Nigerian fintech startup Sparkle, a digital ecosystem providing financial, lifestyle and business support services, has partnered Visa in a collaboration that will enable it to issue Visa cards to its users, benefiting consumers, entrepreneurs and SMEs.
Disrupt Africa reported back in June on the launch of Sparkle, founded by former Diamond Bank chief executive officer (CEO) and tech entrepreneur Uzoma Dozie with the aim of providing seamless solutions to Nigerian individuals, SMEs and retailers.
The startup, which was granted a banking license by the Central Bank of Nigeria (CBN), offers comprehensive support for individuals, including flexible payments, savings and analytics to provide greater freedom, flexibility and control over finances and lifestyle. Its mobile app gives customers full and free access to one account that offers multiple services and different wallets.
Under the strategic collaboration with Visa, Sparkle customers will have greater freedom and flexibility in how they make payments. For instance, they can make in-app payments with the embedded Visa virtual card, and make e-commerce payments with the virtual card or with Visa-branded companion plastic cards attached to their Sparkle profile.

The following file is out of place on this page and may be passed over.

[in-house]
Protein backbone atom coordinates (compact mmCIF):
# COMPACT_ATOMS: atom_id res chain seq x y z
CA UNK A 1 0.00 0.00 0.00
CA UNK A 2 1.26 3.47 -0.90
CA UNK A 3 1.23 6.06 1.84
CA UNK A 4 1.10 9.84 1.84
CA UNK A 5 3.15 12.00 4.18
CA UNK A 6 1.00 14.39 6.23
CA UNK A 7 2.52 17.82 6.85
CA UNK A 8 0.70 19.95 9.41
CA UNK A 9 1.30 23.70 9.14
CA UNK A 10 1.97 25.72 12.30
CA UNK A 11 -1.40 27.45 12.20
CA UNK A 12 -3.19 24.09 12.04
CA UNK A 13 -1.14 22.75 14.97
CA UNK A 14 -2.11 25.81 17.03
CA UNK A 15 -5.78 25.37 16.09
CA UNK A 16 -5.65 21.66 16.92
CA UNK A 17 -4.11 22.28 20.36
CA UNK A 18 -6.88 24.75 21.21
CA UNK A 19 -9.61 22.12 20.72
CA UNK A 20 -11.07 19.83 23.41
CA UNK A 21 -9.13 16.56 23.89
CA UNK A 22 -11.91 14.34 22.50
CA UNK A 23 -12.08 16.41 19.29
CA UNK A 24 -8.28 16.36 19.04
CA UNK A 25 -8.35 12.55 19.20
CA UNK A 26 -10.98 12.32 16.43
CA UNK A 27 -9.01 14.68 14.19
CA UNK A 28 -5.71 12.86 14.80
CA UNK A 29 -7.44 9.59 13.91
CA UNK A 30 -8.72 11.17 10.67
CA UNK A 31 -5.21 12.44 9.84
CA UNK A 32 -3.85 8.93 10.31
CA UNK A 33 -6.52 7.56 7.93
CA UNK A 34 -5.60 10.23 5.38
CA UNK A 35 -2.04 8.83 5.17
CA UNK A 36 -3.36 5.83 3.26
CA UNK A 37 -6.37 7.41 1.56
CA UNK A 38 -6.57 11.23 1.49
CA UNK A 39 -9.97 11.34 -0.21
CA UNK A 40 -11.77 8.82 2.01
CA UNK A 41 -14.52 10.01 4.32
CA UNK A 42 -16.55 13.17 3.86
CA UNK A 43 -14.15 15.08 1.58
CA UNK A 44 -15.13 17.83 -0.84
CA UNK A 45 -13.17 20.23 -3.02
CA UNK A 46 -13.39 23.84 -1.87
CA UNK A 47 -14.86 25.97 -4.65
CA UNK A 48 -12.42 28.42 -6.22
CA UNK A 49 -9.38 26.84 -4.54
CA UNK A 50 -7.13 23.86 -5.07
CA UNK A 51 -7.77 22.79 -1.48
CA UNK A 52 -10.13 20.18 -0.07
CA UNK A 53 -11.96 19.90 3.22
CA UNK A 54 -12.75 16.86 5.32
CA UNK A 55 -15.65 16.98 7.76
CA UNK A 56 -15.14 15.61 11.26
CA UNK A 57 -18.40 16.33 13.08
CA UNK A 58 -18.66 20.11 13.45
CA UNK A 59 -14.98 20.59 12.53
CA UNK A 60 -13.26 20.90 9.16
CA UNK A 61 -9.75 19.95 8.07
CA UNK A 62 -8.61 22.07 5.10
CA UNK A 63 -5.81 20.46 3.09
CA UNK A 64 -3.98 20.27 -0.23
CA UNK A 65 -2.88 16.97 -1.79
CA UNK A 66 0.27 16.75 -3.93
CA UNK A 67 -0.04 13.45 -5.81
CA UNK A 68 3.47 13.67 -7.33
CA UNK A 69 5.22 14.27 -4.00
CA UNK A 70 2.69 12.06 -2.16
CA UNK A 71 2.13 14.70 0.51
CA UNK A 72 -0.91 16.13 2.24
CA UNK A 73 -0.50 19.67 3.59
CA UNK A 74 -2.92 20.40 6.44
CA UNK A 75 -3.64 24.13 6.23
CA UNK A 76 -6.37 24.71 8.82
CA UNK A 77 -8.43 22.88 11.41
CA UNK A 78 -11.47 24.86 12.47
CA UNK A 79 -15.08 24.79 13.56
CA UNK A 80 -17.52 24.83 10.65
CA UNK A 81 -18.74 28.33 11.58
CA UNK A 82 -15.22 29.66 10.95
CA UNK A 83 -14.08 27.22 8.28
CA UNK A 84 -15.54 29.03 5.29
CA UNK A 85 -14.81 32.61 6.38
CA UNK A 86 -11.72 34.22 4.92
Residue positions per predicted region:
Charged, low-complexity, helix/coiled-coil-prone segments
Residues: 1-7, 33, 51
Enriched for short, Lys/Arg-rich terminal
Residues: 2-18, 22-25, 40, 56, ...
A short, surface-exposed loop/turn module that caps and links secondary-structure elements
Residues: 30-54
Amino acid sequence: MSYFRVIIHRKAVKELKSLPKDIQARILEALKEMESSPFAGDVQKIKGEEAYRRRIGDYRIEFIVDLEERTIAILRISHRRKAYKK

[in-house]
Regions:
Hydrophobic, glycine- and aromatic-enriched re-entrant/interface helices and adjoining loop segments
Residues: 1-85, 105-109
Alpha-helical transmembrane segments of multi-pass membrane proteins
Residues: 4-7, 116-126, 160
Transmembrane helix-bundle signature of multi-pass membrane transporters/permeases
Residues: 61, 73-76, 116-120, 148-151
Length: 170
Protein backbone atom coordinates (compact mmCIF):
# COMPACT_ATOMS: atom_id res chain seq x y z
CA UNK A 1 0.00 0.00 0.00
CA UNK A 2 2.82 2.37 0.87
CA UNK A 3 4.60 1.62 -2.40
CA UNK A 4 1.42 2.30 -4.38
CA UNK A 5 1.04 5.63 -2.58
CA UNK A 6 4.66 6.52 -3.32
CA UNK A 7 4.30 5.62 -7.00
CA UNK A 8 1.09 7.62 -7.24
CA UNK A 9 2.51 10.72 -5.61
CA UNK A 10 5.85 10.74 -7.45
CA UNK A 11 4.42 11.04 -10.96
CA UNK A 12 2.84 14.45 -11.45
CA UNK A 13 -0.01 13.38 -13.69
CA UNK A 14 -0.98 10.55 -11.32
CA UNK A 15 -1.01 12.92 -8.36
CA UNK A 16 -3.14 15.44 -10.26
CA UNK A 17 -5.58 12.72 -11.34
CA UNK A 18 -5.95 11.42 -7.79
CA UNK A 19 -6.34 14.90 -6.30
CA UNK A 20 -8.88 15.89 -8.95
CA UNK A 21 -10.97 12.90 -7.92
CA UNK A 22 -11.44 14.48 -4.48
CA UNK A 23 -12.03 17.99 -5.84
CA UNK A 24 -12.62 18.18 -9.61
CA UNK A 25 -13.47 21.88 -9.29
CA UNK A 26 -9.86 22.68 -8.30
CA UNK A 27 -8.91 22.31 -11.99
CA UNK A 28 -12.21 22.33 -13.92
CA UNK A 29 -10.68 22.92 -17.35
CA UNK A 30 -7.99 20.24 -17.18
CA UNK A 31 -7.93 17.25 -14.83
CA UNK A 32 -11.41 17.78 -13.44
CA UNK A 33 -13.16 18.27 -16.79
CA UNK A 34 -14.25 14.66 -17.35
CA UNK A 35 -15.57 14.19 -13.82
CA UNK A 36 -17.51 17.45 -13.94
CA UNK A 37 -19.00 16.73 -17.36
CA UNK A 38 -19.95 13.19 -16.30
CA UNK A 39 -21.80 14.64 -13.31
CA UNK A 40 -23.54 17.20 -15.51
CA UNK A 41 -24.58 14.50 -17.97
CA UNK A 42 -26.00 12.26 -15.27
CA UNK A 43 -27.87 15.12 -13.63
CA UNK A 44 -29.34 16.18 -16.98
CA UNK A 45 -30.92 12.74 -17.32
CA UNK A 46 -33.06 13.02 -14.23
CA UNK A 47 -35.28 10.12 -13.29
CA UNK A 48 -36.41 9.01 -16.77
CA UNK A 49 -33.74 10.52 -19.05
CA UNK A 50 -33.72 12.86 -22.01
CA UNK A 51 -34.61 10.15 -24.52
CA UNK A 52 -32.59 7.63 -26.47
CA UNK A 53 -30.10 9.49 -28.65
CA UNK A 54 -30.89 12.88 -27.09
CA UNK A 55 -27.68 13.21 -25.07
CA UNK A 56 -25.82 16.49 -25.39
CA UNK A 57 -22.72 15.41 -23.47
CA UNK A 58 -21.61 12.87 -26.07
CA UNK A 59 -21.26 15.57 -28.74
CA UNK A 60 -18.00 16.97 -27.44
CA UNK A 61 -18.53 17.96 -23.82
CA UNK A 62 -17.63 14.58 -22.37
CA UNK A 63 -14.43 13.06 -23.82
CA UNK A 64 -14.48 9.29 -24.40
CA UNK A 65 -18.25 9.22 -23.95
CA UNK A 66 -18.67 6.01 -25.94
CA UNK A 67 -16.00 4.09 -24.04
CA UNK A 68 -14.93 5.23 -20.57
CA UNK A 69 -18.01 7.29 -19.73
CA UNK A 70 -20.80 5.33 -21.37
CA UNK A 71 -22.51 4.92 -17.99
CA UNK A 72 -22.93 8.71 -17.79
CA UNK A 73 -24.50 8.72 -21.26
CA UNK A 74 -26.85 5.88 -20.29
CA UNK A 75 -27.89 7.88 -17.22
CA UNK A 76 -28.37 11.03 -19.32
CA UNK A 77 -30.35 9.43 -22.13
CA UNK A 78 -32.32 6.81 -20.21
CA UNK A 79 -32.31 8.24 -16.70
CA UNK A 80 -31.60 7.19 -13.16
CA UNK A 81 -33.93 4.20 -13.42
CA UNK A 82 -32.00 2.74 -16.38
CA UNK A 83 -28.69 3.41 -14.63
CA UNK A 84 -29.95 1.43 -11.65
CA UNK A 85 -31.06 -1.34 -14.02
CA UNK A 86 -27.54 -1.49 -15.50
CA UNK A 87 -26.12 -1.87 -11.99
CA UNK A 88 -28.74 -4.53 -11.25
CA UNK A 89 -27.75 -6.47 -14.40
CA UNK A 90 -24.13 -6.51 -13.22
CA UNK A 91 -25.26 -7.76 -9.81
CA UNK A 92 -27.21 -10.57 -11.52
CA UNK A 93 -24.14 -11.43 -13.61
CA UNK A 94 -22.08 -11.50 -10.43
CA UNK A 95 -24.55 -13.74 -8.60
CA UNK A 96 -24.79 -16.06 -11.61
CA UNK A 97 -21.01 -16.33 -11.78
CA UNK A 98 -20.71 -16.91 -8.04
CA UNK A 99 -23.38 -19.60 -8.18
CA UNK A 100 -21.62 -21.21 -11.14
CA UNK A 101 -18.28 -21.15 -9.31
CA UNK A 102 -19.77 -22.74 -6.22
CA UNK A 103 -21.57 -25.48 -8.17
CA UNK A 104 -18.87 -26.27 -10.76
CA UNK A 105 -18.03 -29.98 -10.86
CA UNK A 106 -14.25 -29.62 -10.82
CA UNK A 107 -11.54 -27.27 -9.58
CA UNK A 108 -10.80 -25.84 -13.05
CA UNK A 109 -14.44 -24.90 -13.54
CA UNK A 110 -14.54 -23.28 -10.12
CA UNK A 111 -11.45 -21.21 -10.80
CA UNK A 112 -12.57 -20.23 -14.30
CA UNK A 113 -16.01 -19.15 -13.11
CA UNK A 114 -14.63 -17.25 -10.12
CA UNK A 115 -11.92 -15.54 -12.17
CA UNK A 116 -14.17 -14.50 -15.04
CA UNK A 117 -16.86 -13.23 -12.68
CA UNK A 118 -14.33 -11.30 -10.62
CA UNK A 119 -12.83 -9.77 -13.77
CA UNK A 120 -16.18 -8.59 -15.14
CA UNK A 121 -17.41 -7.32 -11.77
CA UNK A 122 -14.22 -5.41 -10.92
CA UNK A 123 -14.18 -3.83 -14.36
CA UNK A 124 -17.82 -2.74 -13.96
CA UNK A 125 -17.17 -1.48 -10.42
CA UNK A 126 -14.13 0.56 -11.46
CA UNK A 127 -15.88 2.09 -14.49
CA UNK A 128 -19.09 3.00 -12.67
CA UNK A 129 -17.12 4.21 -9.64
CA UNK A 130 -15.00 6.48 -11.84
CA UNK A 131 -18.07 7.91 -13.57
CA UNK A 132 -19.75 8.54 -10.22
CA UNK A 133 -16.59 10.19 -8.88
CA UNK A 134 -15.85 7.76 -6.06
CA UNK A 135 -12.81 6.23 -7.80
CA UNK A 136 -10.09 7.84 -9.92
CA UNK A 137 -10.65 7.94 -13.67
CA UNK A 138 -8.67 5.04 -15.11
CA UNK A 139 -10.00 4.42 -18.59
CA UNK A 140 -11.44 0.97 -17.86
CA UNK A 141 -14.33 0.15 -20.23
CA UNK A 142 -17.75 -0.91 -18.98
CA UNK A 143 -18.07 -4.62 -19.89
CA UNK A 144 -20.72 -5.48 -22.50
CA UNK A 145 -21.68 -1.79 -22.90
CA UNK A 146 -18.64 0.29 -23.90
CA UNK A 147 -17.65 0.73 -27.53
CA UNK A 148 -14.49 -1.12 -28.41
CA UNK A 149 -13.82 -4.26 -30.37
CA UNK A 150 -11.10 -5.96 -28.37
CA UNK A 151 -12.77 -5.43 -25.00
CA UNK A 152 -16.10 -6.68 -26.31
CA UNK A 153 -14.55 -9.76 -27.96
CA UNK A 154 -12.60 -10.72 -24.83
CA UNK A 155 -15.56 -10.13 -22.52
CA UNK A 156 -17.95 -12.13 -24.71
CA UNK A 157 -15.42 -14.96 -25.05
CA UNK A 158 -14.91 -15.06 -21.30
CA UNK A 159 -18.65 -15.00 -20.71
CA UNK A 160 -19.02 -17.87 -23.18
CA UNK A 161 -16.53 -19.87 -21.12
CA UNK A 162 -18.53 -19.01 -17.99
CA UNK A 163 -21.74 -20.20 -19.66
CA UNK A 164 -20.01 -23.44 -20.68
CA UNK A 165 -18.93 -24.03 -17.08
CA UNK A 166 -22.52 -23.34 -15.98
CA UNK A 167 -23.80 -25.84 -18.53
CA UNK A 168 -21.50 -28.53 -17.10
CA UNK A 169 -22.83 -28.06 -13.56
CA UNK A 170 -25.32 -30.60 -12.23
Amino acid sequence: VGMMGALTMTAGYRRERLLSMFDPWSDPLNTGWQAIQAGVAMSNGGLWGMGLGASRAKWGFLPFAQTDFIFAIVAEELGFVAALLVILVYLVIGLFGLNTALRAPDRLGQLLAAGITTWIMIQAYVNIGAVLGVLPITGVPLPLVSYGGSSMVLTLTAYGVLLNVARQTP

Sparkle customers will also benefit from a range of other digital payments initiatives from Visa, for example, by scanning the interoperable EMVCo Quick Response (QR) code or just entering an Alias such as phone number or merchant till number to pay for goods at merchant outlets. Sparkle customers can receive cross-border remittances from family and friends who are Visa cardholders into their Sparkle account.
“Our partnership with Visa will bring a wide range of benefits to Sparkle’s customers, individuals, entrepreneurs and SMEs. We are excited to work with Visa as we strive to re-define e-commerce by removing barriers to business using technology and data. Working with a global partner like Visa allows us to deliver a bespoke and personalised service for our customers by tapping into large networks so they can fulfil their full potential,” Dozie said.